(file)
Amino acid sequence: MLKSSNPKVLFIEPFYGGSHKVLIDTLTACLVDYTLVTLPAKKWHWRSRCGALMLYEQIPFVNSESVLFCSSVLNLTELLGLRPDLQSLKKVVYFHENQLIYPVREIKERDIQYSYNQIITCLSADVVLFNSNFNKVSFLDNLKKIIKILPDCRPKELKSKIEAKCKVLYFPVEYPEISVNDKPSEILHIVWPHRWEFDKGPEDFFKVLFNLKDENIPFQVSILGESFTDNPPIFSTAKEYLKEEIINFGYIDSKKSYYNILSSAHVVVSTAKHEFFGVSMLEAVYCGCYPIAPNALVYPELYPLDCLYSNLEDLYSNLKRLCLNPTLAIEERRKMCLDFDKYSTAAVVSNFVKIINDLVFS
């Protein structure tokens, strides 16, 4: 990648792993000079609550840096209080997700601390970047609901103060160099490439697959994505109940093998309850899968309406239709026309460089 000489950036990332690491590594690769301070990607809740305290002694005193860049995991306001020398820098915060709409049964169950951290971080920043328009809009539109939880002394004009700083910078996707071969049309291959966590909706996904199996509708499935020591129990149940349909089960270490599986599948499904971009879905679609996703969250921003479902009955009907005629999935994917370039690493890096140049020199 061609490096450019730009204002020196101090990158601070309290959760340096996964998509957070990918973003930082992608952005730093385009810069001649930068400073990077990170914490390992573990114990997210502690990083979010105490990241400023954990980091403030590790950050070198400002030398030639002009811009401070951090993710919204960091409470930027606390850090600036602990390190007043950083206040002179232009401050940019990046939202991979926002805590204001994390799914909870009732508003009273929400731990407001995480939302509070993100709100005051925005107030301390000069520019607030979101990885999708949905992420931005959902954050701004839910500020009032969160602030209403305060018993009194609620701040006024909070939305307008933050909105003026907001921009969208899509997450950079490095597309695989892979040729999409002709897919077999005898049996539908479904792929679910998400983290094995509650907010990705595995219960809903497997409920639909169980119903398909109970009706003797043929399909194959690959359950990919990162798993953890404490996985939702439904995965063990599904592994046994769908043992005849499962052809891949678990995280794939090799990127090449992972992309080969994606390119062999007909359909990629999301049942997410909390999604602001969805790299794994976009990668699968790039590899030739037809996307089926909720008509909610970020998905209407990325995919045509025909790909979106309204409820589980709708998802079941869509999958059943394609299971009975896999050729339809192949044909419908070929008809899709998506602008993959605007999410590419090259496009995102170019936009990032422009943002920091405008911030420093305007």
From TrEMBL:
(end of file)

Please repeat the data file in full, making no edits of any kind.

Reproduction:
Amino acid sequence: MLKSSNPKVLFIEPFYGGSHKVLIDTLTACLVDYTLVTLPAKKWHWRSRCGALMLYEQIPFVNSESVLFCSSVLNLTELLGLRPDLQSLKKVVYFHENQLIYPVREIKERDIQYSYNQIITCLSADVVLFNSNFNKVSFLDNLKKIIKILPDCRPKELKSKIEAKCKVLYFPVEYPEISVNDKPSEILHIVWPHRWEFDKGPEDFFKVLFNLKDENIPFQVSILGESFTDNPPIFSTAKEYLKEEIINFGYIDSKKSYYNILSSAHVVVSTAKHEFFGVSMLEAVYCGCYPIAPNALVYPELYPLDCLYSNLEDLYSNLKRLCLNPTLAIEERRKMCLDFDKYSTAAVVSNFVKIINDLVFS
């Protein structure tokens, strides 16, 4: 990648792993000079609550840096209080997700601390970047609901103060160099490439697959994505109940093998309850899968309406239709026309460089 000489950036990332690491590594690769301070990607809740305290002694005193860049995991306001020398820098915060709409049964169950951290971080920043328009809009539109939880002394004009700083910078996707071969049309291959966590909706996904199996509708499935020591129990149940349909089960270490599986599948499904971009879905679609996703969250921003479902009955009907005629999935994917370039690493890096140049020199 061609490096450019730009204002020196101090990158601070309290959760340096996964998509957070990918973003930082992608952005730093385009810069001649930068400073990077990170914490390992573990114990997210502690990083979010105490990241400023954990980091403030590790950050070198400002030398030639002009811009401070951090993710919204960091409470930027606390850090600036602990390190007043950083206040002179232009401050940019990046939202991979926002805590204001994390799914909870009732508003009273929400731990407001995480939302509070993100709100005051925005107030301390000069520019607030979101990885999708949905992420931005959902954050701004839910500020009032969160602030209403305060018993009194609620701040006024909070939305307008933050909105003026907001921009969208899509997450950079490095597309695989892979040729999409002709897919077999005898049996539908479904792929679910998400983290094995509650907010990705595995219960809903497997409920639909169980119903398909109970009706003797043929399909194959690959359950990919990162798993953890404490996985939702439904995965063990599904592994046994769908043992005849499962052809891949678990995280794939090799990127090449992972992309080969994606390119062999007909359909990629999301049942997410909390999604602001969805790299794994976009990668699968790039590899030739037809996307089926909720008509909610970020998905209407990325995919045509025909790909979106309204409820589980709708998802079941869509999958059943394609299971009975896999050729339809192949044909419908070929008809899709998506602008993959605007999410590419090259496009995102170019936009990032422009943002920091405008911030420093305007």
From TrEMBL: